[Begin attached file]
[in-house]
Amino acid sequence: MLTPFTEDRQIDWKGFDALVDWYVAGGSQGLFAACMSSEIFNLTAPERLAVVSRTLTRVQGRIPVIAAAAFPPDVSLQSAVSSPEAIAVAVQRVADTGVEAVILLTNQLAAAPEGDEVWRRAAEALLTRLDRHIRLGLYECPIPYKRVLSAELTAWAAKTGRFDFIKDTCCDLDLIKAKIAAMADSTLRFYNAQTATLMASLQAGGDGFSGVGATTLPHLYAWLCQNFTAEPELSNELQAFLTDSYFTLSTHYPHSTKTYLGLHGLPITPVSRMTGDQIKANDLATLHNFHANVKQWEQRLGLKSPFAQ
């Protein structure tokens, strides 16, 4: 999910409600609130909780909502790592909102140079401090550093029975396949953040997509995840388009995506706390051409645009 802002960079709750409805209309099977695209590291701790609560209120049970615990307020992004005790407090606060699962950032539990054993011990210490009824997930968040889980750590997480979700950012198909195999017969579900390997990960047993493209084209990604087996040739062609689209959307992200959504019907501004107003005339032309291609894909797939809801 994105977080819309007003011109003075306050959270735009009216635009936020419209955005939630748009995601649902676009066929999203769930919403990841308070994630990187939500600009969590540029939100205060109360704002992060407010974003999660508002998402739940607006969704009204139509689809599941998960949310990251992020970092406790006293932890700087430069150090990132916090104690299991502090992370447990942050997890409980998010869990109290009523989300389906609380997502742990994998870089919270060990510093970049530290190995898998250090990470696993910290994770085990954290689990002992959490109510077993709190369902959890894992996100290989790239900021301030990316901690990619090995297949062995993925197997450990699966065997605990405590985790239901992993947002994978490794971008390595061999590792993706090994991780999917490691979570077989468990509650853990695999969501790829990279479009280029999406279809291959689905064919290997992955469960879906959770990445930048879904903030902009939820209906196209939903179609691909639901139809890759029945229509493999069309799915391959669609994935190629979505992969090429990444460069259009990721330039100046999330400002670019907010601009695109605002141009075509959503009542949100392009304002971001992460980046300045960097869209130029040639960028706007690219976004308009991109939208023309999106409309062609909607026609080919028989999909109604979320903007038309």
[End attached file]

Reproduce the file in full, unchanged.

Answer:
[in-house]
Amino acid sequence: MLTPFTEDRQIDWKGFDALVDWYVAGGSQGLFAACMSSEIFNLTAPERLAVVSRTLTRVQGRIPVIAAAAFPPDVSLQSAVSSPEAIAVAVQRVADTGVEAVILLTNQLAAAPEGDEVWRRAAEALLTRLDRHIRLGLYECPIPYKRVLSAELTAWAAKTGRFDFIKDTCCDLDLIKAKIAAMADSTLRFYNAQTATLMASLQAGGDGFSGVGATTLPHLYAWLCQNFTAEPELSNELQAFLTDSYFTLSTHYPHSTKTYLGLHGLPITPVSRMTGDQIKANDLATLHNFHANVKQWEQRLGLKSPFAQ
């Protein structure tokens, strides 16, 4: 999910409600609130909780909502790592909102140079401090550093029975396949953040997509995840388009995506706390051409645009 802002960079709750409805209309099977695209590291701790609560209120049970615990307020992004005790407090606060699962950032539990054993011990210490009824997930968040889980750590997480979700950012198909195999017969579900390997990960047993493209084209990604087996040739062609689209959307992200959504019907501004107003005339032309291609894909797939809801 994105977080819309007003011109003075306050959270735009009216635009936020419209955005939630748009995601649902676009066929999203769930919403990841308070994630990187939500600009969590540029939100205060109360704002992060407010974003999660508002998402739940607006969704009204139509689809599941998960949310990251992020970092406790006293932890700087430069150090990132916090104690299991502090992370447990942050997890409980998010869990109290009523989300389906609380997502742990994998870089919270060990510093970049530290190995898998250090990470696993910290994770085990954290689990002992959490109510077993709190369902959890894992996100290989790239900021301030990316901690990619090995297949062995993925197997450990699966065997605990405590985790239901992993947002994978490794971008390595061999590792993706090994991780999917490691979570077989468990509650853990695999969501790829990279479009280029999406279809291959689905064919290997992955469960879906959770990445930048879904903030902009939820209906196209939903179609691909639901139809890759029945229509493999069309799915391959669609994935190629979505992969090429990444460069259009990721330039100046999330400002670019907010601009695109605002141009075509959503009542949100392009304002971001992460980046300045960097869209130029040639960028706007690219976004308009991109939208023309999106409309062609909607026609080919028989999909109604979320903007038309």